In 1968 Vaclav Havel, then a dissident, later to become President of Czechoslovakia, “sat down and, knowing that heâ€™d likely be imprisoned for his efforts, wrote an open letter to his dictator, Gustav Husak, explaining in painstaking detail just why and how totalitarianism was ruining Czechoslovakia.”
It was the Big Bang that set off the dissident movement in Central Europe.
This act of literary punk rock was followed, logically enough, by a defense of rock music that sparked the Charter 77 movement. Or, as Havel told a startled Lou Reed when he met the Velvet Undergroundâ€™s former frontman in 1990, “Did you know that I am president because of you?”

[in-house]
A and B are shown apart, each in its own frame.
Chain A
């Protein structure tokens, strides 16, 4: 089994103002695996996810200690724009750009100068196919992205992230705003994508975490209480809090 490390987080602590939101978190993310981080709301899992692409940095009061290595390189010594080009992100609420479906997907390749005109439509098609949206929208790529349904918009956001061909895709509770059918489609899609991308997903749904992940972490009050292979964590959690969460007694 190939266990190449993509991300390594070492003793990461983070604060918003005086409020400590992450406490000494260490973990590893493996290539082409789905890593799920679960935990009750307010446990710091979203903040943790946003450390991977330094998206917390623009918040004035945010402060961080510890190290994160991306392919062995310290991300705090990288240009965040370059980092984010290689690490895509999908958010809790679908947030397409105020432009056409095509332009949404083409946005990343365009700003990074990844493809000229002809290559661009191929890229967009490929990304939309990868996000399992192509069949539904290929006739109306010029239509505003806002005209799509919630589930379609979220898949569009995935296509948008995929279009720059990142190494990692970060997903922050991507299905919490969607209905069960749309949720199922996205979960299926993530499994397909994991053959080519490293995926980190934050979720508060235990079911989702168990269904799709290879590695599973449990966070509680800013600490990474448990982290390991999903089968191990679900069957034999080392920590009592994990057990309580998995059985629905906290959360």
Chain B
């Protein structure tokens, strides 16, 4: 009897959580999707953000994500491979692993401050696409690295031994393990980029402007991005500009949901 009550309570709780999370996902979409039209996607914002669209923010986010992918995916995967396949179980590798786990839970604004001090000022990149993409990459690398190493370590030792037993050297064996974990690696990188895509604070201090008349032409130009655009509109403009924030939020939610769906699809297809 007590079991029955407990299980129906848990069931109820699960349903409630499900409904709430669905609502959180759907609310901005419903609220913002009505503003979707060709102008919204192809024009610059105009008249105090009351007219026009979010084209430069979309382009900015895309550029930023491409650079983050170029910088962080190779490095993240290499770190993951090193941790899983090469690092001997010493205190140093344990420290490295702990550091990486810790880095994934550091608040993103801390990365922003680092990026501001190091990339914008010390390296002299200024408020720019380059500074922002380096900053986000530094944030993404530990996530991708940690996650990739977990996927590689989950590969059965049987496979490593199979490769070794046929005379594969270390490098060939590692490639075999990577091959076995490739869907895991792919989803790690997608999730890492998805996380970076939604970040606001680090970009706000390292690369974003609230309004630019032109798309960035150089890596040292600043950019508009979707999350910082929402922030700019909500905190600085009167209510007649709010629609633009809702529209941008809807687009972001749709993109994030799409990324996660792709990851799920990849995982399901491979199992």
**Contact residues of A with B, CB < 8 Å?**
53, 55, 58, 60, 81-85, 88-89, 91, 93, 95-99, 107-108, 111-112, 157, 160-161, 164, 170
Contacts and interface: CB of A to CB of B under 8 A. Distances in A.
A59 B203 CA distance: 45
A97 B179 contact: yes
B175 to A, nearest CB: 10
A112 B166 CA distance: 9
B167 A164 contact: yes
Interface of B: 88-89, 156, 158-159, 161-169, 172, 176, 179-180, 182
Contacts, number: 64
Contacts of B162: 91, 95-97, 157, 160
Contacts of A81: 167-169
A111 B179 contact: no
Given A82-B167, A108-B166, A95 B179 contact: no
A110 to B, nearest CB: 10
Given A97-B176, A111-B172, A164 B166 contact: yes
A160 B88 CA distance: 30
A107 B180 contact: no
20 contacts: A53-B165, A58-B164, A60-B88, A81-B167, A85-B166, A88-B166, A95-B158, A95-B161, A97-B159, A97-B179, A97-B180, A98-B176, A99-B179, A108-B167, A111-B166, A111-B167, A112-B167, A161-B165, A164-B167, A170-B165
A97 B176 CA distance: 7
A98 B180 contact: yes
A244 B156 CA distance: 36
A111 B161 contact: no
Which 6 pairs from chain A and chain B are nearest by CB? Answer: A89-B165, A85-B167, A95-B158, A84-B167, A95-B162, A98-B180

In 1968 a rare copy of the Velvet Undergroundâ€™s first record somehow found its way to Prague. It became a sensation in music circles and beyond, eventually inspiring the Czech name for their bloodless 1989 overthrow of Communist rule, “the Velvet Revolution.”
Lou Reed once commented the Velvet Underground’s first album only sold 40,000 copies but “everyone who bought it started a band” – or a revolution…